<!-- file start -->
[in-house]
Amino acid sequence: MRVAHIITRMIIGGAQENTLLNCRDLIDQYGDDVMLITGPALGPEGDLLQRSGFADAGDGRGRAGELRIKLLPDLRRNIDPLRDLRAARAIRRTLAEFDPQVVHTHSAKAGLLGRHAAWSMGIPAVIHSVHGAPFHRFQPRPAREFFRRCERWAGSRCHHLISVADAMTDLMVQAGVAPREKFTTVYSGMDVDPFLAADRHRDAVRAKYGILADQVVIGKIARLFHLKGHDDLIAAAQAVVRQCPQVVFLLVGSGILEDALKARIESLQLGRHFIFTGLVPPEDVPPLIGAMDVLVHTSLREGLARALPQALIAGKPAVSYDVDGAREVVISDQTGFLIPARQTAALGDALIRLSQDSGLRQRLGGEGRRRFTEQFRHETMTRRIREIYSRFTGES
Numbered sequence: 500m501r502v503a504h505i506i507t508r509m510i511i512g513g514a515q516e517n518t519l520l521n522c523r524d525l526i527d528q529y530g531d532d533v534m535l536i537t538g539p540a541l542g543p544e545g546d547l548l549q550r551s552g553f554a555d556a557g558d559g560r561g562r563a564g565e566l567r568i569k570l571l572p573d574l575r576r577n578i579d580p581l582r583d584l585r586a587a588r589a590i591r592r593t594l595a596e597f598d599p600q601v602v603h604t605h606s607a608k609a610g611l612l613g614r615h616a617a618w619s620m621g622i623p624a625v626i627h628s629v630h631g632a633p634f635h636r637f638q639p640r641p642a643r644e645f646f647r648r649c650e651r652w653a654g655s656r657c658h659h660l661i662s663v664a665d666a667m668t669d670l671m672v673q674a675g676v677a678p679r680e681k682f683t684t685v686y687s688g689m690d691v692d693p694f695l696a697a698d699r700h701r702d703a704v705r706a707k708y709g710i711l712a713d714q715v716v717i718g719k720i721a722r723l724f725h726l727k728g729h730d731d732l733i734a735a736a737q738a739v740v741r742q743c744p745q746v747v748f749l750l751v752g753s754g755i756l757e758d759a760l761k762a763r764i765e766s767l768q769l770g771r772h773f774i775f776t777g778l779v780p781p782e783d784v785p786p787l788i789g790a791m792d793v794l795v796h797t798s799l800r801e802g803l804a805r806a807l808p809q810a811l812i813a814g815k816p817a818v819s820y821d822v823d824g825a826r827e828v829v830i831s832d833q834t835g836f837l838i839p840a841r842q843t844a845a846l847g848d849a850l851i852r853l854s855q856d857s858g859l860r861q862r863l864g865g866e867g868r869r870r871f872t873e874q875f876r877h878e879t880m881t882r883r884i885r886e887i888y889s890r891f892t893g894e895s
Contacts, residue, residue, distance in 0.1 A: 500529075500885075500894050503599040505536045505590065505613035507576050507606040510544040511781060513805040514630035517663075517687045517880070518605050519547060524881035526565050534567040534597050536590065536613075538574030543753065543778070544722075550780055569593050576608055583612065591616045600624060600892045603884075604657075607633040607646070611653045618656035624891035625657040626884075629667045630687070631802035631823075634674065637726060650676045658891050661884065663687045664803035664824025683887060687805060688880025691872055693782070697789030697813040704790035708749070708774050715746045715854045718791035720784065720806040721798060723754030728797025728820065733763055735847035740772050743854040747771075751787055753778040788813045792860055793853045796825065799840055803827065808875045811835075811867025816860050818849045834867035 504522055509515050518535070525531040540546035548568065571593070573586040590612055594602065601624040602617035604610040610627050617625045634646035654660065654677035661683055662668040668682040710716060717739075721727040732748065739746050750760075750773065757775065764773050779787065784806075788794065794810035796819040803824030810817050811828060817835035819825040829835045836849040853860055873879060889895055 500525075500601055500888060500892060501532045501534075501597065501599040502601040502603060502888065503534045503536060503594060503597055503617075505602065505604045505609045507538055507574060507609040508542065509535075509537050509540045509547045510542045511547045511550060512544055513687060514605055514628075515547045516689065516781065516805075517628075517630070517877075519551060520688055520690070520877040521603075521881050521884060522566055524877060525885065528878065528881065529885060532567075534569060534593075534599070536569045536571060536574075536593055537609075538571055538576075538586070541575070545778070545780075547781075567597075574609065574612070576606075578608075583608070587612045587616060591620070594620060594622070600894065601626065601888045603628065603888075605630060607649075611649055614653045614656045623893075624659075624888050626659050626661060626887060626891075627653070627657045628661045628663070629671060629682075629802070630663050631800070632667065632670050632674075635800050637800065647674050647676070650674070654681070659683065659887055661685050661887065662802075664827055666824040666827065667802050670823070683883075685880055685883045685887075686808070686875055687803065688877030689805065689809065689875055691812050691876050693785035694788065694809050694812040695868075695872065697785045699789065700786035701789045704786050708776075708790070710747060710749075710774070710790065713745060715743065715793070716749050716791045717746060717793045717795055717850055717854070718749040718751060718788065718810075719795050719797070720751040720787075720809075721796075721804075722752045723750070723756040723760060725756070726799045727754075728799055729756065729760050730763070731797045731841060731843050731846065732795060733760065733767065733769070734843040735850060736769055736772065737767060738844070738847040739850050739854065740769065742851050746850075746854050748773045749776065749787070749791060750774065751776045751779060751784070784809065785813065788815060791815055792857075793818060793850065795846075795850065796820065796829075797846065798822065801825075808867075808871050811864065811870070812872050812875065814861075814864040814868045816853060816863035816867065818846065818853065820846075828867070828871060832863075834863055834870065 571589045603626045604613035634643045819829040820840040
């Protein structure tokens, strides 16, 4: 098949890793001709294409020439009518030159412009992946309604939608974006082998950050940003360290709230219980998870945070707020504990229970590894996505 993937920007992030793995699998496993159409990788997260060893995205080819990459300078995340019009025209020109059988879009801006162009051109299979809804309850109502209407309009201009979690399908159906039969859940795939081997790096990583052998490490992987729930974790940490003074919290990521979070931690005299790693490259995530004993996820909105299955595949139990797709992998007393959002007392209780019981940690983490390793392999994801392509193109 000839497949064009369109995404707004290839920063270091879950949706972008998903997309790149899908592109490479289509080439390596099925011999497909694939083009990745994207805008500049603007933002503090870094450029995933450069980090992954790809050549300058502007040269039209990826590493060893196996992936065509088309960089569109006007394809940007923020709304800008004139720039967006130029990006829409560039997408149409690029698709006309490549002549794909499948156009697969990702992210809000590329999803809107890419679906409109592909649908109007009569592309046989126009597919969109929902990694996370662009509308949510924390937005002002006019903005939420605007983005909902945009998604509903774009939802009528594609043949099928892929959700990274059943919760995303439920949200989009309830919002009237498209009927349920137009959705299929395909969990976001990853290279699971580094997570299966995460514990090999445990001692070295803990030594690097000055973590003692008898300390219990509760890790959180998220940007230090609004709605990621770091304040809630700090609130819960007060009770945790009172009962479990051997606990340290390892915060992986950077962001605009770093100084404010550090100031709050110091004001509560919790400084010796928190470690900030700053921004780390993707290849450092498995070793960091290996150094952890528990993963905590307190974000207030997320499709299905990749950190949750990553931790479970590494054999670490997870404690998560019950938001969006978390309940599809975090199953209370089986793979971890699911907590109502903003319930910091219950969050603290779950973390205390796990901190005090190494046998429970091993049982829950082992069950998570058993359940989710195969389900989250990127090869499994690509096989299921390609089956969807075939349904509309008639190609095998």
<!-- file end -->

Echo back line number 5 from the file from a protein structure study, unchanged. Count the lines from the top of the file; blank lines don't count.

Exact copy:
């Protein structure tokens, strides 16, 4: 098949890793001709294409020439009518030159412009992946309604939608974006082998950050940003360290709230219980998870945070707020504990229970590894996505 993937920007992030793995699998496993159409990788997260060893995205080819990459300078995340019009025209020109059988879009801006162009051109299979809804309850109502209407309009201009979690399908159906039969859940795939081997790096990583052998490490992987729930974790940490003074919290990521979070931690005299790693490259995530004993996820909105299955595949139990797709992998007393959002007392209780019981940690983490390793392999994801392509193109 000839497949064009369109995404707004290839920063270091879950949706972008998903997309790149899908592109490479289509080439390596099925011999497909694939083009990745994207805008500049603007933002503090870094450029995933450069980090992954790809050549300058502007040269039209990826590493060893196996992936065509088309960089569109006007394809940007923020709304800008004139720039967006130029990006829409560039997408149409690029698709006309490549002549794909499948156009697969990702992210809000590329999803809107890419679906409109592909649908109007009569592309046989126009597919969109929902990694996370662009509308949510924390937005002002006019903005939420605007983005909902945009998604509903774009939802009528594609043949099928892929959700990274059943919760995303439920949200989009309830919002009237498209009927349920137009959705299929395909969990976001990853290279699971580094997570299966995460514990090999445990001692070295803990030594690097000055973590003692008898300390219990509760890790959180998220940007230090609004709605990621770091304040809630700090609130819960007060009770945790009172009962479990051997606990340290390892915060992986950077962001605009770093100084404010550090100031709050110091004001509560919790400084010796928190470690900030700053921004780390993707290849450092498995070793960091290996150094952890528990993963905590307190974000207030997320499709299905990749950190949750990553931790479970590494054999670490997870404690998560019950938001969006978390309940599809975090199953209370089986793979971890699911907590109502903003319930910091219950969050603290779950973390205390796990901190005090190494046998429970091993049982829950082992069950998570058993359940989710195969389900989250990127090869499994690509096989299921390609089956969807075939349904509309008639190609095998």